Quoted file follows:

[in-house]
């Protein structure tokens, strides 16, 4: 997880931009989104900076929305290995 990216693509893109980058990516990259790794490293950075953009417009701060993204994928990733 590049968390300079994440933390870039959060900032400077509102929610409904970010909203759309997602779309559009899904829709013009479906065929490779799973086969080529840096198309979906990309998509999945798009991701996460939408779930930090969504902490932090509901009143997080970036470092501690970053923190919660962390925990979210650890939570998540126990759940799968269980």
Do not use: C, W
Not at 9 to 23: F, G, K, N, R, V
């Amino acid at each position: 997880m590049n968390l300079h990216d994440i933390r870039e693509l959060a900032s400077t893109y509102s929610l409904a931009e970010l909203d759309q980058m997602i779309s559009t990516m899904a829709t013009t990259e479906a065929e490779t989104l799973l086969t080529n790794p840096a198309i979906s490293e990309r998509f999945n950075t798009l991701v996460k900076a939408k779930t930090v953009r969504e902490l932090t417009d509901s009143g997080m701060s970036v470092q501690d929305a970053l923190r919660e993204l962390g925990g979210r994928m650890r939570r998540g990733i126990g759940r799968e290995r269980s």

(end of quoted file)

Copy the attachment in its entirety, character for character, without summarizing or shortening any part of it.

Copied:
[in-house]
């Protein structure tokens, strides 16, 4: 997880931009989104900076929305290995 990216693509893109980058990516990259790794490293950075953009417009701060993204994928990733 590049968390300079994440933390870039959060900032400077509102929610409904970010909203759309997602779309559009899904829709013009479906065929490779799973086969080529840096198309979906990309998509999945798009991701996460939408779930930090969504902490932090509901009143997080970036470092501690970053923190919660962390925990979210650890939570998540126990759940799968269980």
Do not use: C, W
Not at 9 to 23: F, G, K, N, R, V
């Amino acid at each position: 997880m590049n968390l300079h990216d994440i933390r870039e693509l959060a900032s400077t893109y509102s929610l409904a931009e970010l909203d759309q980058m997602i779309s559009t990516m899904a829709t013009t990259e479906a065929e490779t989104l799973l086969t080529n790794p840096a198309i979906s490293e990309r998509f999945n950075t798009l991701v996460k900076a939408k779930t930090v953009r969504e902490l932090t417009d509901s009143g997080m701060s970036v470092q501690d929305a970053l923190r919660e993204l962390g925990g979210r994928m650890r939570r998540g990733i126990g759940r799968e290995r269980s």